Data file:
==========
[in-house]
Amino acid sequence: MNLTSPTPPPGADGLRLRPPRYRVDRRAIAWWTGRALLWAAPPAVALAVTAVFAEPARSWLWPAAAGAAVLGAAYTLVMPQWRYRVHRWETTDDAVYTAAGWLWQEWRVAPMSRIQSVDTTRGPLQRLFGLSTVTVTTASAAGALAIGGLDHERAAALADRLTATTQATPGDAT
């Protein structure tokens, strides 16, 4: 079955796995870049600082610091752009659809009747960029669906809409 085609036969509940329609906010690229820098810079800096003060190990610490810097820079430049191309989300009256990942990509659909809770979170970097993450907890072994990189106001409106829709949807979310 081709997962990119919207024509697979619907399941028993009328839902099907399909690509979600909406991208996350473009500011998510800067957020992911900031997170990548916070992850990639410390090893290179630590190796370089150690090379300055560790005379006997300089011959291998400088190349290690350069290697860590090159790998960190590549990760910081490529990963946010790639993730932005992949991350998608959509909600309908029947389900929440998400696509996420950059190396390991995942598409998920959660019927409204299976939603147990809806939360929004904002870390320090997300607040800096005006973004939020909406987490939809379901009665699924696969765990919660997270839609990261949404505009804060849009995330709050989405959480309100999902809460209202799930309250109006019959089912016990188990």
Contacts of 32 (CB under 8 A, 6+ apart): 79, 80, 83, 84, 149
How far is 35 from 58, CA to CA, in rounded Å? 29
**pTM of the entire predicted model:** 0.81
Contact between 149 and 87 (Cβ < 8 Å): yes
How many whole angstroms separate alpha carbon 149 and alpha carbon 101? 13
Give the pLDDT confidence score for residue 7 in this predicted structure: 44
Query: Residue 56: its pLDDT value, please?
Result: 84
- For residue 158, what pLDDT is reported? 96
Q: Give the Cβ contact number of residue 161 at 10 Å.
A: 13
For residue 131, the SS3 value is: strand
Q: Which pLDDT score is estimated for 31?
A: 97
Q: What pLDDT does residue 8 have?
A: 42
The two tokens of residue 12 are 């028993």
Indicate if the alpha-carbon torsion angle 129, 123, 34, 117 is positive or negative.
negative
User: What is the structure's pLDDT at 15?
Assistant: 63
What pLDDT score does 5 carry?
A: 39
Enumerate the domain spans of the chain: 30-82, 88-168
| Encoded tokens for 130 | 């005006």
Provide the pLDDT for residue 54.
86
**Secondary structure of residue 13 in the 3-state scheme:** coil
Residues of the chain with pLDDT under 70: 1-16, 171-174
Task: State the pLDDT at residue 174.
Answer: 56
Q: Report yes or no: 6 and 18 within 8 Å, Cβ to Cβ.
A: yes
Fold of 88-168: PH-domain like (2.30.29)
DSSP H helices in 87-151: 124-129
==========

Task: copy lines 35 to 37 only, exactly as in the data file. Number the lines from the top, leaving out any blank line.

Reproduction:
Q: Report yes or no: 6 and 18 within 8 Å, Cβ to Cβ.
A: yes
Fold of 88-168: PH-domain like (2.30.29)